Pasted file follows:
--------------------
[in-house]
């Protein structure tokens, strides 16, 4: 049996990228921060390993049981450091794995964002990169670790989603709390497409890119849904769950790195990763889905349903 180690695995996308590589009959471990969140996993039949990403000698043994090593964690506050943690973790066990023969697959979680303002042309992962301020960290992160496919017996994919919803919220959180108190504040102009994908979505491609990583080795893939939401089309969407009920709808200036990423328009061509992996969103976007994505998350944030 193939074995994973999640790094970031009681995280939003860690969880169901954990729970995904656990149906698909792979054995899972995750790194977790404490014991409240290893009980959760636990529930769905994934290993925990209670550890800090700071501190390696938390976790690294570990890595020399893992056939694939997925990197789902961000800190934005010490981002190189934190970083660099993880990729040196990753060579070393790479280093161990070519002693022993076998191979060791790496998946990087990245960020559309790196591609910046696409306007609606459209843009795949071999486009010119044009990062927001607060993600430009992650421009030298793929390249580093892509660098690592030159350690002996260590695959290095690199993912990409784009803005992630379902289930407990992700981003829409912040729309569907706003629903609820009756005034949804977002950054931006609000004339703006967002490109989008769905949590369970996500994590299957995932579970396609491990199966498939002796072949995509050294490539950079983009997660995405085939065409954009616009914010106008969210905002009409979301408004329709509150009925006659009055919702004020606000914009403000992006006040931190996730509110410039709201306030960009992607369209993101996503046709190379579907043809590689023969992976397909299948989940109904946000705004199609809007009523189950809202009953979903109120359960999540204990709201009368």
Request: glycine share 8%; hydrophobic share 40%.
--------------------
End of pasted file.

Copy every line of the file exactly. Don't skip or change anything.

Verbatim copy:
[in-house]
């Protein structure tokens, strides 16, 4: 049996990228921060390993049981450091794995964002990169670790989603709390497409890119849904769950790195990763889905349903 180690695995996308590589009959471990969140996993039949990403000698043994090593964690506050943690973790066990023969697959979680303002042309992962301020960290992160496919017996994919919803919220959180108190504040102009994908979505491609990583080795893939939401089309969407009920709808200036990423328009061509992996969103976007994505998350944030 193939074995994973999640790094970031009681995280939003860690969880169901954990729970995904656990149906698909792979054995899972995750790194977790404490014991409240290893009980959760636990529930769905994934290993925990209670550890800090700071501190390696938390976790690294570990890595020399893992056939694939997925990197789902961000800190934005010490981002190189934190970083660099993880990729040196990753060579070393790479280093161990070519002693022993076998191979060791790496998946990087990245960020559309790196591609910046696409306007609606459209843009795949071999486009010119044009990062927001607060993600430009992650421009030298793929390249580093892509660098690592030159350690002996260590695959290095690199993912990409784009803005992630379902289930407990992700981003829409912040729309569907706003629903609820009756005034949804977002950054931006609000004339703006967002490109989008769905949590369970996500994590299957995932579970396609491990199966498939002796072949995509050294490539950079983009997660995405085939065409954009616009914010106008969210905002009409979301408004329709509150009925006659009055919702004020606000914009403000992006006040931190996730509110410039709201306030960009992607369209993101996503046709190379579907043809590689023969992976397909299948989940109904946000705004199609809007009523189950809202009953979903109120359960999540204990709201009368």
Request: glycine share 8%; hydrophobic share 40%.